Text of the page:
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KOA’s Rogers’ Undercover Boss Show to Reair

June 19, 2013 by · Leave a Comment 

If you missed the escapades of Kampgrounds of America CEO Jim Rogers on a CBS airing of “Undercover Boss” last January, you’ll have another chance to see him in action when the episode reairs on June 21 at 7 p.m. in the Central and Mountain time zones, and at 8 p.m. Eastern and Pacific.

According to a press release, the rebroadcast was initially scheduled for June 7, but was removed from the schedule for that date by CBS on June 6.

The original showing of the KOA “Undercover Boss” episode in January easily “won the night,” ranking first in households watching; first in actual viewers; and first among both adults in the 25-54 age group and the 18-49 age group.

Ratings for the episode were up 20% over the “Undercover Boss” episode that aired the previous week. The KOA episode was the third-most-watched episode of the 12 shows in the award-winning reality show’s recently concluded fourth season.

“Undercover Boss was a once-in-a-lifetime chance to both receive totally unfiltered feedback from employees and our franchisee partners, as well as promote KOAs new Deluxe Cabins, destination attractions, KOA Care Camps, and outstanding guest service to over 9 million viewers,” Rogers said. “We showed North America the great diversity of KOA’s outdoor hospitality.”

The show also provided a bump for KOA.

Reservations across the 485-campground KOA system were up 17% for the weekend of Jan. 11-13, compared to the same weekend last year, and reserved nights at the four KOA properties featured in the episode were up 169% over last year.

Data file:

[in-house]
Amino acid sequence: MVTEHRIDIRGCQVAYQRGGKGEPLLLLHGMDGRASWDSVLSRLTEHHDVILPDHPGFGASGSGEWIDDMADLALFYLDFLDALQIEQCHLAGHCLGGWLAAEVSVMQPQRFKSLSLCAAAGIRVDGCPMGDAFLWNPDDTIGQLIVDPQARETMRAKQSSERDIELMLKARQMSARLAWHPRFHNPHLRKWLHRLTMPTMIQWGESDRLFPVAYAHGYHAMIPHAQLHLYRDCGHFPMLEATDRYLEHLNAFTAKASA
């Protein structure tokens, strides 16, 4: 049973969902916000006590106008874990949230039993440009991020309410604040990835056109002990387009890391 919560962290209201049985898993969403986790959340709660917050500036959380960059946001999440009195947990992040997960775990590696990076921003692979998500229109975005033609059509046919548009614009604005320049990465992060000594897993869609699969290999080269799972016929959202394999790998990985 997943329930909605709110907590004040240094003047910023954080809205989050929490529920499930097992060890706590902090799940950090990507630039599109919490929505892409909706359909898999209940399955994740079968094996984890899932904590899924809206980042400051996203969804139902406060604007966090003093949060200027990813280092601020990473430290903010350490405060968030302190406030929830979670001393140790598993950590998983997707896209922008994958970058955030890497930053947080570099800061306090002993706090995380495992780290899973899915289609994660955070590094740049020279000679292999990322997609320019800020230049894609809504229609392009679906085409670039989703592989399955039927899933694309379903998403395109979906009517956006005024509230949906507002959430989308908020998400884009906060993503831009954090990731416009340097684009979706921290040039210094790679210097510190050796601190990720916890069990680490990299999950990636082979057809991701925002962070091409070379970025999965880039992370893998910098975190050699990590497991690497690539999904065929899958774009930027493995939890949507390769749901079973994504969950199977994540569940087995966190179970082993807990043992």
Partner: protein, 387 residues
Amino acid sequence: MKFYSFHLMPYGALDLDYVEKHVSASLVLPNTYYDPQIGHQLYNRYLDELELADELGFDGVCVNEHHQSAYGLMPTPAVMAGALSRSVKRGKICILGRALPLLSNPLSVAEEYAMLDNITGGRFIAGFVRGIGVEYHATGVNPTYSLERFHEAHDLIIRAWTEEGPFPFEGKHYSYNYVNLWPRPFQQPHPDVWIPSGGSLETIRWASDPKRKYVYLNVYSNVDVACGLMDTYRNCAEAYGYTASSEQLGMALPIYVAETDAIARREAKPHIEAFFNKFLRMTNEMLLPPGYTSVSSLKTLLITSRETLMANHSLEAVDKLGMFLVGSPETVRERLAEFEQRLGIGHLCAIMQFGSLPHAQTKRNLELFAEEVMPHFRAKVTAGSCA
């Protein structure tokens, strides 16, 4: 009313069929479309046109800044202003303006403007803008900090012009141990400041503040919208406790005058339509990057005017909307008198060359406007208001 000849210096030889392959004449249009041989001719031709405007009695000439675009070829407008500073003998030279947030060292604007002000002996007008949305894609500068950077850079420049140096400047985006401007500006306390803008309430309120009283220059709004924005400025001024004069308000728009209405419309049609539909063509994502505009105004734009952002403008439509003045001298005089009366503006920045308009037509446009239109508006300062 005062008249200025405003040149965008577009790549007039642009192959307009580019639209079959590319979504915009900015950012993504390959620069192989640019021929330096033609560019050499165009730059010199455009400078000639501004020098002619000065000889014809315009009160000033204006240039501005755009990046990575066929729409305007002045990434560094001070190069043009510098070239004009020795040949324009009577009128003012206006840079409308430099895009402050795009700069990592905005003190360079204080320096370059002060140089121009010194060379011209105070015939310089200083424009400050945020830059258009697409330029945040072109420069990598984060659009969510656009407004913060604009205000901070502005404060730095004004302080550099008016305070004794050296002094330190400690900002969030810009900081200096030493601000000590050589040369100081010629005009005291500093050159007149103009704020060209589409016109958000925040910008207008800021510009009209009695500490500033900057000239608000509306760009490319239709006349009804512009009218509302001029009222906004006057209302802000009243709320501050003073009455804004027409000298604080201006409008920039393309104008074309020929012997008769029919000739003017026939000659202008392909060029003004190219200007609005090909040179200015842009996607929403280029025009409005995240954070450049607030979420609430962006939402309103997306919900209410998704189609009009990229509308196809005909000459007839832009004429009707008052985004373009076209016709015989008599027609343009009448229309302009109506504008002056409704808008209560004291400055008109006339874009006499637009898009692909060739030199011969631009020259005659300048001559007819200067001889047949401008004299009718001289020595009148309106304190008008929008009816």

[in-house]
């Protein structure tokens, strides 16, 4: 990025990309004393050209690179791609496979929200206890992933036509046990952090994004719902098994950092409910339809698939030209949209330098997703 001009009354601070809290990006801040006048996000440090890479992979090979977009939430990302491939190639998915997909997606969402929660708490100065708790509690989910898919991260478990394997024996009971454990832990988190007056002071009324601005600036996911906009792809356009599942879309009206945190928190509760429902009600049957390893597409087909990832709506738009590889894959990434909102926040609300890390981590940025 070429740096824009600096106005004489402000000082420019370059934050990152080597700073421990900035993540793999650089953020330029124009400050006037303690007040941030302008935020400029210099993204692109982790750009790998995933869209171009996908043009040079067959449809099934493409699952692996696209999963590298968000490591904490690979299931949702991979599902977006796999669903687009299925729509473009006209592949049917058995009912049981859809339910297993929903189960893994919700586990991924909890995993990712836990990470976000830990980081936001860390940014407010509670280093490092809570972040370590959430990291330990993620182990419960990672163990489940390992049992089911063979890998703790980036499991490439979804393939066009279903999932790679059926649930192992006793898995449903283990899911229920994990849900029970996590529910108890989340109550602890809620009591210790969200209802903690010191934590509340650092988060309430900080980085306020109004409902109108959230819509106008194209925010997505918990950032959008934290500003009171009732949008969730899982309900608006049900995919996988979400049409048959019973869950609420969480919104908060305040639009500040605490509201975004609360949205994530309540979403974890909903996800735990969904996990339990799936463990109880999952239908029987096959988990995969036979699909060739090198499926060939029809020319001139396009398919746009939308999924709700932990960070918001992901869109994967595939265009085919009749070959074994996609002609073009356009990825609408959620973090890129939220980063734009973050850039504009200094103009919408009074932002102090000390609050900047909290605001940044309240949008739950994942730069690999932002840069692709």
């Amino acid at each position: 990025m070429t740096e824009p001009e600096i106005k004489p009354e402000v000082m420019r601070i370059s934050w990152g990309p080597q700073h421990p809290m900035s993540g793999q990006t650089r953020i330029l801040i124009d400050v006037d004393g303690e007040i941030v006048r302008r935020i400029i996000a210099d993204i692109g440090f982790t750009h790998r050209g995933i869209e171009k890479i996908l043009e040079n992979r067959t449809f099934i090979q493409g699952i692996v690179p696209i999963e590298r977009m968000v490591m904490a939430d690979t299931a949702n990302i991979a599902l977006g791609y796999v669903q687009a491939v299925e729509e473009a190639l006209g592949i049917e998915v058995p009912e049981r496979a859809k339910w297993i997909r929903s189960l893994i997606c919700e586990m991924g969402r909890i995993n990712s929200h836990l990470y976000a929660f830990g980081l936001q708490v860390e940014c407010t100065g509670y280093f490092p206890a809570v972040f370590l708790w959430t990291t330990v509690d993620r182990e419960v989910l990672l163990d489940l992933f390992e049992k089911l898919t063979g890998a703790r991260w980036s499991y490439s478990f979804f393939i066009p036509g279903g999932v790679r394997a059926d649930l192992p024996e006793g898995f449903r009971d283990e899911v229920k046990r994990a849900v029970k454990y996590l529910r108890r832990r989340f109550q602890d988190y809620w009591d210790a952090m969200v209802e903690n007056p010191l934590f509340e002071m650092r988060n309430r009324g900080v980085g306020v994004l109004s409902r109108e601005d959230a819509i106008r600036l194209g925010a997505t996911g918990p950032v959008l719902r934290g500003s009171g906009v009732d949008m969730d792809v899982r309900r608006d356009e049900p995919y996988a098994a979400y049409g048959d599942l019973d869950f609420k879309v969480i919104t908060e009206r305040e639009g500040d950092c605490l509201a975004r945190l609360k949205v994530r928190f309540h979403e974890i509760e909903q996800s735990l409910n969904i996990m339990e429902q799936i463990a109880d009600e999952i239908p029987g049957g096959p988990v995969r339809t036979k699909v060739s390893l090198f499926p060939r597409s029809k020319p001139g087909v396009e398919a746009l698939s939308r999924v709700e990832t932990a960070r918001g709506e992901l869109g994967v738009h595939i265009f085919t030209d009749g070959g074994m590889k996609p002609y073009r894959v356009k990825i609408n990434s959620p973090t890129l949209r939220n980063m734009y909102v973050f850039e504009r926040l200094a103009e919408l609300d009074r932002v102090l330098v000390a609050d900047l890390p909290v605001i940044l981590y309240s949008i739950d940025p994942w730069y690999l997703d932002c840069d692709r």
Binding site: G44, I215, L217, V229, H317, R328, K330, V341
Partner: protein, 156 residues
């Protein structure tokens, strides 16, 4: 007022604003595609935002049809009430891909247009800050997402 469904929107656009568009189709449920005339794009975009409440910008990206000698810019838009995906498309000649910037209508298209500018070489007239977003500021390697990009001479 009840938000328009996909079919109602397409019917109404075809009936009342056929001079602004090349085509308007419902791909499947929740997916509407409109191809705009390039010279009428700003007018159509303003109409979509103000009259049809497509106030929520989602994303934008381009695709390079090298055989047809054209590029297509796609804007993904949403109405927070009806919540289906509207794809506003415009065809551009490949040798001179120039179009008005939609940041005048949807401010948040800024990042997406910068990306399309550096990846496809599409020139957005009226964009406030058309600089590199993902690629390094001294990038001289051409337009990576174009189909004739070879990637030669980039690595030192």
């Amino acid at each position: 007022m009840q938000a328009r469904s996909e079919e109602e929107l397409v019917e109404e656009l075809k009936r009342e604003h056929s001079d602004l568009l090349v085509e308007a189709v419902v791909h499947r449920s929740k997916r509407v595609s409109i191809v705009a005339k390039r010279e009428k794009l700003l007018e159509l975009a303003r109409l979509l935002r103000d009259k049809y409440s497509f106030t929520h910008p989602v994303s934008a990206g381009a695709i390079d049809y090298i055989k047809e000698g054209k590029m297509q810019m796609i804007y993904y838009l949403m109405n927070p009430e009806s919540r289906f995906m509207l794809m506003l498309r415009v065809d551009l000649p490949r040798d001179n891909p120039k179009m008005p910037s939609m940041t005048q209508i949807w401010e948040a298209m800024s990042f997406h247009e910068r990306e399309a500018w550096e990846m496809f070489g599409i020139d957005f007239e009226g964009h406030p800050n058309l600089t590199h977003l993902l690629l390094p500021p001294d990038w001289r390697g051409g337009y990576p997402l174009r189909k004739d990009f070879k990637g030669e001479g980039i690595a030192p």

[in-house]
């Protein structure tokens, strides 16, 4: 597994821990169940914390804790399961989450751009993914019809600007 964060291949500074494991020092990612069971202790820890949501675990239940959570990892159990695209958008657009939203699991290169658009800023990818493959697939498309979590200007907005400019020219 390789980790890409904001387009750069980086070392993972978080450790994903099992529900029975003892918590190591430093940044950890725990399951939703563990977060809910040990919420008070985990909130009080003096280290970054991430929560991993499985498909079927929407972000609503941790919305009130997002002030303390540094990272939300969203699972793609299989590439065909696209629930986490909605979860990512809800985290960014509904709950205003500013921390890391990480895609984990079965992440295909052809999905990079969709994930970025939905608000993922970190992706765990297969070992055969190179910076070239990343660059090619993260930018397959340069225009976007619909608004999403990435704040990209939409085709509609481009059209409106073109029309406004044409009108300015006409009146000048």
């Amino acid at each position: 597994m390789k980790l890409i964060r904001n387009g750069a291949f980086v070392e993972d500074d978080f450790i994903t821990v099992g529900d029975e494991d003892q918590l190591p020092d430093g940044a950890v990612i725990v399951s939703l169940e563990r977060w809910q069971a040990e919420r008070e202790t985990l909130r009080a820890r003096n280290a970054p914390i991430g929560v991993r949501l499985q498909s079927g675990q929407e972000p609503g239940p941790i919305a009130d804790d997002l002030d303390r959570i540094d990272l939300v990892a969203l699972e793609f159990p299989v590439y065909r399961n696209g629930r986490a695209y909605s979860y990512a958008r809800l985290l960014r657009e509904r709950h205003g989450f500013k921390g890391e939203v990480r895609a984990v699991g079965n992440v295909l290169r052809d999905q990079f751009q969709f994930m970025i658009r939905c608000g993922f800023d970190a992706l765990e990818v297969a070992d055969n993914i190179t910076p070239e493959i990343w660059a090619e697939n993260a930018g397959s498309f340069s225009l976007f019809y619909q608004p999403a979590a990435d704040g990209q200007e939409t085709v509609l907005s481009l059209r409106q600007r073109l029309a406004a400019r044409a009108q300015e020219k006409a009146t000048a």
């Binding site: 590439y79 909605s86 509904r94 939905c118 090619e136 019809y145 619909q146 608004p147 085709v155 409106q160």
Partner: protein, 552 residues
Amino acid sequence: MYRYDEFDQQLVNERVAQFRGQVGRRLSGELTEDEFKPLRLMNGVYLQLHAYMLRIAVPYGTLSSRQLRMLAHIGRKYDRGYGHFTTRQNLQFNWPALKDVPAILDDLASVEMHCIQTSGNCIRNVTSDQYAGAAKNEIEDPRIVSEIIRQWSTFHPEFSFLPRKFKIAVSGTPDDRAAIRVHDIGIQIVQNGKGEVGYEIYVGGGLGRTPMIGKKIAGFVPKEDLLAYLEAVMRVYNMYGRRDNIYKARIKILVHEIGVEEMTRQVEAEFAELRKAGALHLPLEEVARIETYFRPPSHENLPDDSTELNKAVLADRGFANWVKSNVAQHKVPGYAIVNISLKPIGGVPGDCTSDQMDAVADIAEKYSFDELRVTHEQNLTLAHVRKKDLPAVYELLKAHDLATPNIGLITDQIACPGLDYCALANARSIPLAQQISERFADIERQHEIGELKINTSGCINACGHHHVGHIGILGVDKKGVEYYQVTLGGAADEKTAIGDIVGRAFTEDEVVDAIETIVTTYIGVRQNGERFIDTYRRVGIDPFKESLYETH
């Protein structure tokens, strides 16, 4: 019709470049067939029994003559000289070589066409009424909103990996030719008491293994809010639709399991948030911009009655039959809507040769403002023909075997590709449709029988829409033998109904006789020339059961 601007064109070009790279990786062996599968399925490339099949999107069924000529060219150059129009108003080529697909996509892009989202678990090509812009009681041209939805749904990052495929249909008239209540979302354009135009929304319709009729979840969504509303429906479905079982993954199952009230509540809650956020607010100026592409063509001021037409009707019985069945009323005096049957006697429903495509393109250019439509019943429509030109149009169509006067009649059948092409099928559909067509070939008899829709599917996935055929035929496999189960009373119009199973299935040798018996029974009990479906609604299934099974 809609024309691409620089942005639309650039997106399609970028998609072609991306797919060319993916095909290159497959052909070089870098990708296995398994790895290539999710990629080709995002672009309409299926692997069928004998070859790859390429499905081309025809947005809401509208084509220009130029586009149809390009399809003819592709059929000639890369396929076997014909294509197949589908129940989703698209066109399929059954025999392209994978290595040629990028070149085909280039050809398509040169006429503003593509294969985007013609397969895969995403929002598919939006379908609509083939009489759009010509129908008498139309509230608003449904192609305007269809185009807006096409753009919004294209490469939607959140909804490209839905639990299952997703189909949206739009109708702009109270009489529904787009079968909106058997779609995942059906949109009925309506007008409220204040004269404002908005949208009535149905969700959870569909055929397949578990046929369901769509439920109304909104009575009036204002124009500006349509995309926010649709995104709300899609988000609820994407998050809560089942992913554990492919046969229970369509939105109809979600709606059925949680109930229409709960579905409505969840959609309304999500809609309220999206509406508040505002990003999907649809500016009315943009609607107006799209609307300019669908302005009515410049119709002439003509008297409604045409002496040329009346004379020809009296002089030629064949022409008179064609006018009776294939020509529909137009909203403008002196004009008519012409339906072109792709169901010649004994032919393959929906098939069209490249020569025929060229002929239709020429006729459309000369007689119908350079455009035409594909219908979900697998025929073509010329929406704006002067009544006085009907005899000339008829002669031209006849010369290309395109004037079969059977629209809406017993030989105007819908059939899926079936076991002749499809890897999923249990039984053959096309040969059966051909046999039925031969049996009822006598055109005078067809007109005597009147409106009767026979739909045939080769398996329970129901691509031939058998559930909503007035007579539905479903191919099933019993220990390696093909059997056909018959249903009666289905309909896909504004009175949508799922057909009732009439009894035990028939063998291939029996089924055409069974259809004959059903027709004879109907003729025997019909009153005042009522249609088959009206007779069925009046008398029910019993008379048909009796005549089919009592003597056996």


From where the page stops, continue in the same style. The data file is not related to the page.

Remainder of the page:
KOA’s popular KOA.com website also benefited, with a 128% increase in visits versus the same weekend last year. The initial showing of the “Undercover Boss” episode also set records on KOA’s mobile website, which saw an increase in site visits of 391% over the same weekend in 2012, and an increase in total visitors of 1,218%.

“The effects of our participation in the show will be felt by KOA and our industry for a long, long time,” said Rogers. “You just can’t buy that kind of exposure for your brand.”

 

 

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‘Undercover Boss’ Gives a Boost to KOA Brand

January 30, 2013 by · 1 Comment 

The recent appearance by Kampgrounds of America Inc. (KOA) CEO Jim Roger on “Undercover Boss” garnered unprecedented attention for the KOA brand, its campgrounds and KOA owners and staffs, according to a news release.

KOA was featured in the Jan. 11 episode of the award-winning “Undercover Boss” show, now in its fourth season on CBS.